Kerf you, Red Baron -- Illustrator problem

it’s always the simple stuff, that messes you up.
I am trying to cut out a simple starburst pattern;

and I had to turn it into a vector in illustrator. BUT the autotrace vectored it as a double line, and no matter what I do, I can’t get rid of the additional line…

I have orders piling up, and I ruined already 300 feet of expensive unobtanium wood, my jobs are backlogged and my cat is in heat…


  • A short history of unobtanium wood

back in 1893 the wood from 100 year old dead bonsai trees, where shipped to Italy, where they where turned into pulp by Italian women stomping on the dead branches, while pouring sake (high alcohol content) on to the wood, then that was put into pasta machines to turn it into sheets, which where then pressed together to make the final product,
unobtanium wood is sold by finer woodworking stores, by the gram.


Use the star tool in AI to draw it. Vectorizing simple shapes from PS is just not good practice, introduces all sorts of easily avoidable issues.

Also - the easiest way to get rid of the inner line is use the direct select tool (white arrow) to select just one of the inner anchor points and hit delete twice.


Thanks @ekla, I did as you suggested, and neither works (well) - i tried white arrow deleting, and that failed, and the star tool, makes a great star, but the lines are too long, and i cannot modify the ‘shape’ of the starburst, I haven’t used illustrator in years and have forgotten everything


[EDIT] Idiot me, I had the vector grouped!!


How so? It’s usually pretty foolproof.

You do so by setting the number of points, the inner radius and the outer radius. (activate star tool, click ONCE on your artboard, an option box will pop up) If you want to modify an existing star, select all the inner points with the lasso then scale around center (holding down alt)

1 Like

“for every foolproof thing, there is a smarter fool”


I gave up, and printed the double line, and plucked out the kerf ‘silk’ the whole run was 100 starburtst’s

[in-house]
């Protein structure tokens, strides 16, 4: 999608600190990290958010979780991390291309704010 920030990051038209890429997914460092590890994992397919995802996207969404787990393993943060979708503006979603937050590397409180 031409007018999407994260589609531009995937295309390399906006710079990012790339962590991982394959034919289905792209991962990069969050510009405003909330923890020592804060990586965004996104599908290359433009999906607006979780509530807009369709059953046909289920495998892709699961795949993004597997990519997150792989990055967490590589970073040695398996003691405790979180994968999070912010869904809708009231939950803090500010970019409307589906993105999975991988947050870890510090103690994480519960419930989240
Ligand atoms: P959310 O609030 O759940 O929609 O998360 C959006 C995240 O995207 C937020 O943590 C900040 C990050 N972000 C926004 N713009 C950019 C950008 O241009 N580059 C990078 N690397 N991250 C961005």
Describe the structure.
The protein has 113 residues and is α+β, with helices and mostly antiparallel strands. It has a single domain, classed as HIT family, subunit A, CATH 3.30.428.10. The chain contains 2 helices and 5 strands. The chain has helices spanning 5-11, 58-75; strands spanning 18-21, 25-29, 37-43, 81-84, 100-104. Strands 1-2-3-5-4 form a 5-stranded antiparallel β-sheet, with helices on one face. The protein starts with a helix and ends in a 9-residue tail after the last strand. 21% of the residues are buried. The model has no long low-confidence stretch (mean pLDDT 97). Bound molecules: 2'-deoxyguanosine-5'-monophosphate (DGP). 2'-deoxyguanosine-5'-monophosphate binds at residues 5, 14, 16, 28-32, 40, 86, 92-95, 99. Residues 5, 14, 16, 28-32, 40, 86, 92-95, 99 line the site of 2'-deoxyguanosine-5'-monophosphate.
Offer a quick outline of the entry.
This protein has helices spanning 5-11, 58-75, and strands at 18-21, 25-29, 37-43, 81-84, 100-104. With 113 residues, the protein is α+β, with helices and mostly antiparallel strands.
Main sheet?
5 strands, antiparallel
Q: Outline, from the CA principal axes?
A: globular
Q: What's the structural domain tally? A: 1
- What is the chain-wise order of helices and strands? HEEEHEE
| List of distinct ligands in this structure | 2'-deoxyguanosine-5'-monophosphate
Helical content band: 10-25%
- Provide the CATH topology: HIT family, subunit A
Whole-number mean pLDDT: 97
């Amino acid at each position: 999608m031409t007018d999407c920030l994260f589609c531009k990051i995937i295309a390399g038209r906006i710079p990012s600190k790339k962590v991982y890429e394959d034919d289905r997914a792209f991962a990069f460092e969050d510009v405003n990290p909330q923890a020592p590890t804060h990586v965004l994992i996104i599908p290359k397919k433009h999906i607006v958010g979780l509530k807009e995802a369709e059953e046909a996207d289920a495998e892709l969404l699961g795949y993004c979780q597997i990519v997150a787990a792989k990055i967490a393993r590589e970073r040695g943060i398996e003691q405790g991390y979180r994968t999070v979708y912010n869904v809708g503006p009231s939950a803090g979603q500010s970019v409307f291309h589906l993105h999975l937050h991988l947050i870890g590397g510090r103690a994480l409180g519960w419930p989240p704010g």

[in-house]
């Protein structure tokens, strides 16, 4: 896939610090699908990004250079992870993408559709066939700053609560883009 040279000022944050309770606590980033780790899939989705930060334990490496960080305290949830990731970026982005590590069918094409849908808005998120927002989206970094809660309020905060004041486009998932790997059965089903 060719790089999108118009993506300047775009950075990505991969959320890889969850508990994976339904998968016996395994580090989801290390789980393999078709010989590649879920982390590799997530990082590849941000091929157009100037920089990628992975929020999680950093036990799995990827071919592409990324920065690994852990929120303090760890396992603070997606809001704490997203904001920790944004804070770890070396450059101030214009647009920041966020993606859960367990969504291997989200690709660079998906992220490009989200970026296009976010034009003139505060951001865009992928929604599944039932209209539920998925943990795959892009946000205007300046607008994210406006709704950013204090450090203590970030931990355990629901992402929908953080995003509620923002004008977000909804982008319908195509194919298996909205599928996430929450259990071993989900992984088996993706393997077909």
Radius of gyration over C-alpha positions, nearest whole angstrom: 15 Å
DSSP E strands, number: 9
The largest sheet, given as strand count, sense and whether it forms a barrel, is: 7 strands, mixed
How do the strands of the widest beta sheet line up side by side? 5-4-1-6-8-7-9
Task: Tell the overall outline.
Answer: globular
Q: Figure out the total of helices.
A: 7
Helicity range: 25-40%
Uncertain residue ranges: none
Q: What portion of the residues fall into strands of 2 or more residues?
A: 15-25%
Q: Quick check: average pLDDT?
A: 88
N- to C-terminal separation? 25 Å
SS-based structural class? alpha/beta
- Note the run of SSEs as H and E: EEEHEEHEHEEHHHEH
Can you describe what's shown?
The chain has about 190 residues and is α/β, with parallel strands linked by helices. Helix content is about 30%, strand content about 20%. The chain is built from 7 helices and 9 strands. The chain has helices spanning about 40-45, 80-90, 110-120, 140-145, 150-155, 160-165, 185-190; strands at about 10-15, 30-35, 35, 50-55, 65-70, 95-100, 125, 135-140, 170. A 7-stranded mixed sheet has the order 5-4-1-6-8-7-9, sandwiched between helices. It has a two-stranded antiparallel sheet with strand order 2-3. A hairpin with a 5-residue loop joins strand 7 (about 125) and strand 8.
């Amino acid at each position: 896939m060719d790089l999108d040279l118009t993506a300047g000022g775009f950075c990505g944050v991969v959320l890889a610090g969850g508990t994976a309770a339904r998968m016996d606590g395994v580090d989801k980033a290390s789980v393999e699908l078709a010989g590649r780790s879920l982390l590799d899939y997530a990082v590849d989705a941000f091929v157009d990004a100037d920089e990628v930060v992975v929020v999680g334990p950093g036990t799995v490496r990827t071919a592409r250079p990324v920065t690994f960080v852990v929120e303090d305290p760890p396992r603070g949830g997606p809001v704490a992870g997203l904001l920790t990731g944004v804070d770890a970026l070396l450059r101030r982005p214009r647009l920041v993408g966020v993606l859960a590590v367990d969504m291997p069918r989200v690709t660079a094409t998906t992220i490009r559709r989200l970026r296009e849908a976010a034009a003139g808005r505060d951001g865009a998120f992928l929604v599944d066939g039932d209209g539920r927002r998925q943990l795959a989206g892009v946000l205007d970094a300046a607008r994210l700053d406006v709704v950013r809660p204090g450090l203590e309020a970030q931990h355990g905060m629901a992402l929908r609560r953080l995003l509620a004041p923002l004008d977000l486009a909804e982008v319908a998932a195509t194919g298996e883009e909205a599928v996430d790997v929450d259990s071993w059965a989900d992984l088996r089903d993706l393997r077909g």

Next time you need a Centerline trace in Illustrator…try this.

(And I’m sorry your cat is in heat.) :rofl:




(glad I used some lowercase)

1 Like

Get that cat fixed!

THAT is what the laser is for!


This is by far one of the most helpful tutorials there are on the forum. I remember referring back to this a couple of times early on in my GF career, thanks for the contribution(s)!


YES, absolutely!!

1 Like

next time, just release compound path. then you will have two separate starburst shapes and can just delete one.


the more ways to do this the better!!
I am sure I am not the only one who has been plagued with this ‘feature’


Feature depends on intent and usage. While a lot of us use Illustrator as a tool for designing on the laser, that’s not necessarily its core use. It’s a program that fills a lot of different job roles and end-product formats/uses from print to web.

For most print and web uses, a centerline trace isn’t always/usually what you’d want. You’ll run into scaling issues if other options aren’t set up correctly (scale strokes), it can get goofy with corners and miters, and so on. A compound path generally is more forgiving in lots of use cases, except a laser.

It’s always worth reaching out and giving feedback to them (Adobe) about more laser-centric tools.

Traditionally, Corel Draw has been the go to for laser design, but I have the feeling (no data), that Illustrator is quickly catching up and their subscription base is growing because of laser designers. A few more intuitive tools in the toolbox designed for lasers could be nice.


corel draw was in part because of their sales model and the fact that it was bundled a lot. but also because it was the default for a lot of the sign making world and on vinyl cutters before laser cutters became more available.


I don’t know about illustrator, but in iInkscape if you set the linewidth equal to your kerf, and then split them into two lines, and then use the outer line for the inner cut, and the inner line for the outer cut, the finished line should be the desired cut, if you have judged the kerf correctly.

1 Like

If I understand correctly, this is similar to what you’d be doing in Illustrator by offsetting the path but probably saving a step vs expanding the stroke.

1 Like

Inkscape is not remarkably good for offsets, to the point that wide lines are far duperior for most such offsets.

You could always print them out and then have the GF camera take a pic. Then resize to your hearts content.